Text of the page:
Get it? How about, “My heart BEETS for you…”? If you guessed that these are signs in a vegetable garden, you are correct! I couldn’t help but chuckle yesterday as I walked through a large garden that has been planted by several families who worship at our church. But I guess that I should back up a moment and tell you about how this all happened.
It’s that time of year when our church is one of the host sites for the GLS – the Global Leadership Summit – broadcast out of Willow Creek Church in South Barrington, IL. Other than last year, we have been a host site for almost 20 years. During that time, Janet and I have always volunteered to help set up for the event which started today and will finish tomorrow. So, yesterday, I went over to help set up tables for break out sessions and make sure that they had tablecloths, etc.
We have always volunteered to serve on set-up rather than miss any of the sessions during the actual event. Aside from that, the pace is less frenetic and people tend to get to know each other and share their stories, etc. As our Summit attendance is down this year, our particular jobs didn’t take as long as we thought it would and we were finished early.
Since I had a little time before my next appointment, I decided to drive to the back of the church property and walk the gardens. I have heard about them, and know that families have plots of ground that they tend to, but I have never taken the time to actually explore a little. I learned quite a bit – for example, I didn’t know that there was a monarch butterfly “way station” out there, a place set aside for giving butterflies a place of their own in a natural habitat, free from the influence of mankind.
And there is a nature trail that has been cut through the acreage in the rear of the land (we own about 50 acres of church grounds) that I didn’t have time to explore yesterday. I also didn’t know that we had picnic tables and water gathering systems and hoses and tools and a covered shelter – all for use by people who grow flowers or vegetables out back. I almost forgot about the apple orchard! I saw that also as I walked along.
But I was most impressed by the various gardens that had flowers, squash plants, cucumbers, herbs, peppers, tomatoes and a host of other vegetables. One family in particular showed their sense of humor by creating signs that caused me to think about what they were really saying. The idea of loving each other and showing that love through their working of the soil demonstrated their joy in growing things for others.
I was so impressed by their clever signs that I used one of them as the title of my post this evening. The care with which they tended the crops was clearly evident and as I stood out there in the hot sun, I had a different view of why people work these plots of ground.
Both of my grandfathers loved the land. My Dad’s father planted a huge garden and Grandma canned everything you can think of year after year. She even taught me to put up pickles, plum butter, make jellies and jams, sweet watermelon rind and all kinds of ways to store fruits and vegetables throughout the winter.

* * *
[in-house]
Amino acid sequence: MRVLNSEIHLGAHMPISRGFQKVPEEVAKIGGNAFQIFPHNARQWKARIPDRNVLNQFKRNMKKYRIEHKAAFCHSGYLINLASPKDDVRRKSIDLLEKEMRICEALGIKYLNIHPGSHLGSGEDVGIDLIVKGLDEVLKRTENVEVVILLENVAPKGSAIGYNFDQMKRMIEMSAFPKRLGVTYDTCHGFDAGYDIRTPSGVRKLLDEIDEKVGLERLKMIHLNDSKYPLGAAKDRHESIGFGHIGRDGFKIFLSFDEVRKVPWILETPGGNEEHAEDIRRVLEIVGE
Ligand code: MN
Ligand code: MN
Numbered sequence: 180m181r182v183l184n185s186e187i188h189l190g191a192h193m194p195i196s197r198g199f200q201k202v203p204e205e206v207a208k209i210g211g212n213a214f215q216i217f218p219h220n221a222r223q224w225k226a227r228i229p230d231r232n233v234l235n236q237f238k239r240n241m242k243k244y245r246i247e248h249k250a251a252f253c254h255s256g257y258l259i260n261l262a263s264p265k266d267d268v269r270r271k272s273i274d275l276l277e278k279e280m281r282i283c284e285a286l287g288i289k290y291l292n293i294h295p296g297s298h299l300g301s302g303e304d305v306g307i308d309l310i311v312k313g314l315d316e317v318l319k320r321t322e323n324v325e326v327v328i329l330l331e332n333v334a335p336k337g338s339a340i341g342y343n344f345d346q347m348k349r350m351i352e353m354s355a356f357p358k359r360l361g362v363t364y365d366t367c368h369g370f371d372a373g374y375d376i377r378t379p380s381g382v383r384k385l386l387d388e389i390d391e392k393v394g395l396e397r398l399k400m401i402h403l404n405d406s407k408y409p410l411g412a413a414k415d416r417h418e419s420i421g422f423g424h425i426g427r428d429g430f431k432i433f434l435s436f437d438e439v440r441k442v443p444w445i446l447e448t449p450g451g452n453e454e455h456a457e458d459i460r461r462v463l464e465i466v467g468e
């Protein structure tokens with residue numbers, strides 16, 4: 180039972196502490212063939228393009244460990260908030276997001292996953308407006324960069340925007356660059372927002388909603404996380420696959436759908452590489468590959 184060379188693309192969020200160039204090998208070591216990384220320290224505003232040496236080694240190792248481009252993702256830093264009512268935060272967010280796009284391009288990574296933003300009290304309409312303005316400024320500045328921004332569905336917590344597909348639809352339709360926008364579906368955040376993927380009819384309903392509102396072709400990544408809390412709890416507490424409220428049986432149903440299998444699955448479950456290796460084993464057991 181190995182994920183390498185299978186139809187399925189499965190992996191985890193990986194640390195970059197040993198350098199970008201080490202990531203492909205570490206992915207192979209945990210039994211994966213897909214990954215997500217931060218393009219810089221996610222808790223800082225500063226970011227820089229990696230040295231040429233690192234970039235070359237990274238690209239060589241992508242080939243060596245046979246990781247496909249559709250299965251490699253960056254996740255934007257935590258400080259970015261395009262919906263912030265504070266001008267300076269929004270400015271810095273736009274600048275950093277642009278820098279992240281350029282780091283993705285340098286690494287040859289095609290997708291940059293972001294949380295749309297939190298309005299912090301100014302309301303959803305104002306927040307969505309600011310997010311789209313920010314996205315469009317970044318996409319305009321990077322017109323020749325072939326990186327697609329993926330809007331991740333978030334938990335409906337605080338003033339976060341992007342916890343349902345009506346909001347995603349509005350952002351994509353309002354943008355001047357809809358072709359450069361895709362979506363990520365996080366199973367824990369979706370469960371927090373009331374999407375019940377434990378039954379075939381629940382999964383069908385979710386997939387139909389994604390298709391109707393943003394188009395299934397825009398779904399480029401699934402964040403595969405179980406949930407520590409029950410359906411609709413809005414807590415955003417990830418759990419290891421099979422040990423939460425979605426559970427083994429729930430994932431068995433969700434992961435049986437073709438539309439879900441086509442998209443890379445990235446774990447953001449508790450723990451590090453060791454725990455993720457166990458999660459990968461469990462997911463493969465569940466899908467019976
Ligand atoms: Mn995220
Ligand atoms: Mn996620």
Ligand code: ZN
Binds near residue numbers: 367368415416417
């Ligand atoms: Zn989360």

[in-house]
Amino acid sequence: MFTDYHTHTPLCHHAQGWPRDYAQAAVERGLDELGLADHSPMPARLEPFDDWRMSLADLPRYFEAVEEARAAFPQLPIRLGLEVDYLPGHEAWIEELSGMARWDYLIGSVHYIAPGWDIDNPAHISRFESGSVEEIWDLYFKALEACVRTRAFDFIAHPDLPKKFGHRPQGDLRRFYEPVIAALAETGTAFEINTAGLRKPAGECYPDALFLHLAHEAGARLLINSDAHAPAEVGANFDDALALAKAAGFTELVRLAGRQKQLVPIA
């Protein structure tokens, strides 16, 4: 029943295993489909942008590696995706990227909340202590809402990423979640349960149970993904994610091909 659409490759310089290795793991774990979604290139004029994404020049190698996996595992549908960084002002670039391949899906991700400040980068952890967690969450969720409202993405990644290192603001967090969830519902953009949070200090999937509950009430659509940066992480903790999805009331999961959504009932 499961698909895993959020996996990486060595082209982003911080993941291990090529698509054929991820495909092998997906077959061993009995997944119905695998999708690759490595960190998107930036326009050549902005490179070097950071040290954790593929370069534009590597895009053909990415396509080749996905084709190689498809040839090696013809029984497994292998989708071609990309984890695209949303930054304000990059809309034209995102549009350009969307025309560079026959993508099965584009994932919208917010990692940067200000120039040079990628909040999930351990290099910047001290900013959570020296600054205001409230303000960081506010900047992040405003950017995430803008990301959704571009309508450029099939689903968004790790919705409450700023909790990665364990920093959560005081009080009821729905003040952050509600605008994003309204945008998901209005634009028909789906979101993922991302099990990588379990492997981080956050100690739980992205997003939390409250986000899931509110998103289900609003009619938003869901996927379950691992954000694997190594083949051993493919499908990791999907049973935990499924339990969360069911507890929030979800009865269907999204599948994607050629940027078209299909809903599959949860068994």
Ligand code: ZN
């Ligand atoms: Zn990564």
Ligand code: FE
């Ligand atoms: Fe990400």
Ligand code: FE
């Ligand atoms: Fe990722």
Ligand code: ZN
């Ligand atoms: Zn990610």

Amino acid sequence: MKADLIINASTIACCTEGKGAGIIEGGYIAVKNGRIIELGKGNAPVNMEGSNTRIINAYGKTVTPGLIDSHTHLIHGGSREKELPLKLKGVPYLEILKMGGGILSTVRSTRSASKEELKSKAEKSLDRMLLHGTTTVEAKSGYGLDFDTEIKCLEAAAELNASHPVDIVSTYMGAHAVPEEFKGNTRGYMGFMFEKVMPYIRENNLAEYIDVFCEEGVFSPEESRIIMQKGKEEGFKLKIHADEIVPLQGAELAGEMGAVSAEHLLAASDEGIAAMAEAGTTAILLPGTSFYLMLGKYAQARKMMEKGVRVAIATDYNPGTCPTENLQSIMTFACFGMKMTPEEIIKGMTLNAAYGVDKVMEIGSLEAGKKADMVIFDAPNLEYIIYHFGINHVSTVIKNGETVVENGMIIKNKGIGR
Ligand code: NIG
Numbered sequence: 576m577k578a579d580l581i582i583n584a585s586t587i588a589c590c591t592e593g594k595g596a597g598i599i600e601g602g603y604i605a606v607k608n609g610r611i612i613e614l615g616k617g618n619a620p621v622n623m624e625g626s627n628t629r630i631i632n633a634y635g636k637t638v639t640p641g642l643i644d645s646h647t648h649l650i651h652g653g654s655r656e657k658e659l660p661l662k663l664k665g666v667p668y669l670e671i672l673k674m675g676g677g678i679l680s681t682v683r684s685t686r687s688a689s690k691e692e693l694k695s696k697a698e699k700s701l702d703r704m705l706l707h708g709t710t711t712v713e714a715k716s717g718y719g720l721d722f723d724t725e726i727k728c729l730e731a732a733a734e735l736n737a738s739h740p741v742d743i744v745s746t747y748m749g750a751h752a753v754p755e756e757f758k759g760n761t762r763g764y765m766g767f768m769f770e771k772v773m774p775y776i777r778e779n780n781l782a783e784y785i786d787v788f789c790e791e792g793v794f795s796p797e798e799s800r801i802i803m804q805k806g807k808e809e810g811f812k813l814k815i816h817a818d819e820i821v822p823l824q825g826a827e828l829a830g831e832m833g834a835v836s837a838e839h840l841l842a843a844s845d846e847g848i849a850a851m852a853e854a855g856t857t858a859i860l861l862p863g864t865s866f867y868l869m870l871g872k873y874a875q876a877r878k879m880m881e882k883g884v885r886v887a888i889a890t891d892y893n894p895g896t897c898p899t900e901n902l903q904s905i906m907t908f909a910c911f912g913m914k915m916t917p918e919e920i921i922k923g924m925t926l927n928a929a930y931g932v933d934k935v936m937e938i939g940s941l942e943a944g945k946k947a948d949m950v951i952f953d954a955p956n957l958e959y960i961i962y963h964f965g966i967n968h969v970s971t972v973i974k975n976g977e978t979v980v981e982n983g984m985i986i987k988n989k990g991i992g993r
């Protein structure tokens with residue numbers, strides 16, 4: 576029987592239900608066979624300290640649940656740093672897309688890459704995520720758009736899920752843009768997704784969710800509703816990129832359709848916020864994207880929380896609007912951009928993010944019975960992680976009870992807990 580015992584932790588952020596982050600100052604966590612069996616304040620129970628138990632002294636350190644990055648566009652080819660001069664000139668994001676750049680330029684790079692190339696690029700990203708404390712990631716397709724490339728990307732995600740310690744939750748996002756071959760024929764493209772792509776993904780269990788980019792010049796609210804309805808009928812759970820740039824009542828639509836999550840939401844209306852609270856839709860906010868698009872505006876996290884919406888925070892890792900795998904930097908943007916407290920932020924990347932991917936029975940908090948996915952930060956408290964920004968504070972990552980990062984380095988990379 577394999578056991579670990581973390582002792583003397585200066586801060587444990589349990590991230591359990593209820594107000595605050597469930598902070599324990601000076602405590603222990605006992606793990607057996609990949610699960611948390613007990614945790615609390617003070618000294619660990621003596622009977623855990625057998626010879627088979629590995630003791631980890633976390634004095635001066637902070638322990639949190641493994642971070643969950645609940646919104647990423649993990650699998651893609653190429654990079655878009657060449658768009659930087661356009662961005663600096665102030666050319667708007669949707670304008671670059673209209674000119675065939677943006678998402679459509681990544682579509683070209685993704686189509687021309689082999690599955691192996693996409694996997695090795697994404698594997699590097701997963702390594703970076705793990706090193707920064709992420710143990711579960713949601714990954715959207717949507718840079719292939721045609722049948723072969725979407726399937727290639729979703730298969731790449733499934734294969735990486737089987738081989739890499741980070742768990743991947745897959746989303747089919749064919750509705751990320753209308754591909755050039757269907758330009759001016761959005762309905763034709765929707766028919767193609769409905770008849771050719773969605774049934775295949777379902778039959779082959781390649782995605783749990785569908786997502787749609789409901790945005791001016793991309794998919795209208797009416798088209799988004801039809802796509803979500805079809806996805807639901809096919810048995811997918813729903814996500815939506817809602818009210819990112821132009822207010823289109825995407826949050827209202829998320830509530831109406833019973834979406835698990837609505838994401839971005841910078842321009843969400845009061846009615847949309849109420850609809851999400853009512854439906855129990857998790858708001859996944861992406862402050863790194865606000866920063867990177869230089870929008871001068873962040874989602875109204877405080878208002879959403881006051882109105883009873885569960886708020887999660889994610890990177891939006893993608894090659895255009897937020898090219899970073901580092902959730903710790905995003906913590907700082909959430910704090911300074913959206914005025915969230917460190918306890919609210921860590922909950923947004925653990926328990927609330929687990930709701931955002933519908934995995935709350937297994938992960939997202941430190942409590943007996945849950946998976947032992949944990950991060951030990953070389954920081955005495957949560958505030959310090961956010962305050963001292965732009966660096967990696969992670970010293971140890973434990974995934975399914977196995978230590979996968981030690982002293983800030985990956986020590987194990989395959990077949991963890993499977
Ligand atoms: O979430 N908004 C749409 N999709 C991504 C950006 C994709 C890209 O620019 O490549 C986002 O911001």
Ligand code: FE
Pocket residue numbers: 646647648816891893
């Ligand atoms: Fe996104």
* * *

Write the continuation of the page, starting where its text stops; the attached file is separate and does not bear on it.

My Mom’s father looked at the seasons as a way that God divides the year. Spring represented new growth, the summer when things grew and matured, sometimes after adverse conditions such as extreme heat, rain or drought – fall was the time of the harvest, yielding the benefit of having tended to crops throughout the summer – and then winter, when God allows the land to rest. It is a time of rejuvenation and great expectation for the coming spring when the cycle will begin again. I learned so much from Grandpa – and it showed when I had my own gardens.
When we lived in suburban Chicago, Janet and I had almost four acres of land that included a 2400 sq. ft. garden. We grew peas, beans, strawberries, cucumbers, squash, pumpkins and a whole host of flowers and vegetables. We canned things and Kristin, as a very young girl, would go out there and help me tend to the plants. She loved our time together in our garden and we even had it irrigated to help things grow throughout the dry summers. It was one of the highlights that Janet and I enjoyed in the early years of our marriage.
I never realized how many times plants and vegetables are mentioned in the Bible. Usually, the references are to how vegetables aren’t as good as meat! But there are several references to the healthy attributes of plants as a food source. Since I am on a mission to lose a few pounds, and I have been eating loads of veggies, I prefer to focus on the great benefits of eating this way. So our verse tonight deals with Daniel and his friends as they were held in captivity. This is the story of the lion’s den, but look what we are told in the book of Daniel.
We are told by Daniel, as he was speaking to the King’s official, in Daniel 1:12-16, “Please test your servants for ten days: Give us nothing but vegetables to eat and water to drink. Then compare our appearance with that of the young men who eat the royal food, and treat your servants in accordance with what you see.” So he agreed to this and tested them for ten days. At the end of the ten days they looked healthier and better nourished than any of the young men who ate the royal food. So the guard took away their choice food and the wine they were to drink and gave them vegetables instead.”
My encouragement this evening is that God loves it when we use His resources to sustain ourselves and appreciate what He has created for us. My prayer is that we will all be stewards of the land and its produce – especially when we dedicate our efforts to help those who can truly benefit from our efforts as an act of love and caring. Have a great day in the Lord, grace and peace…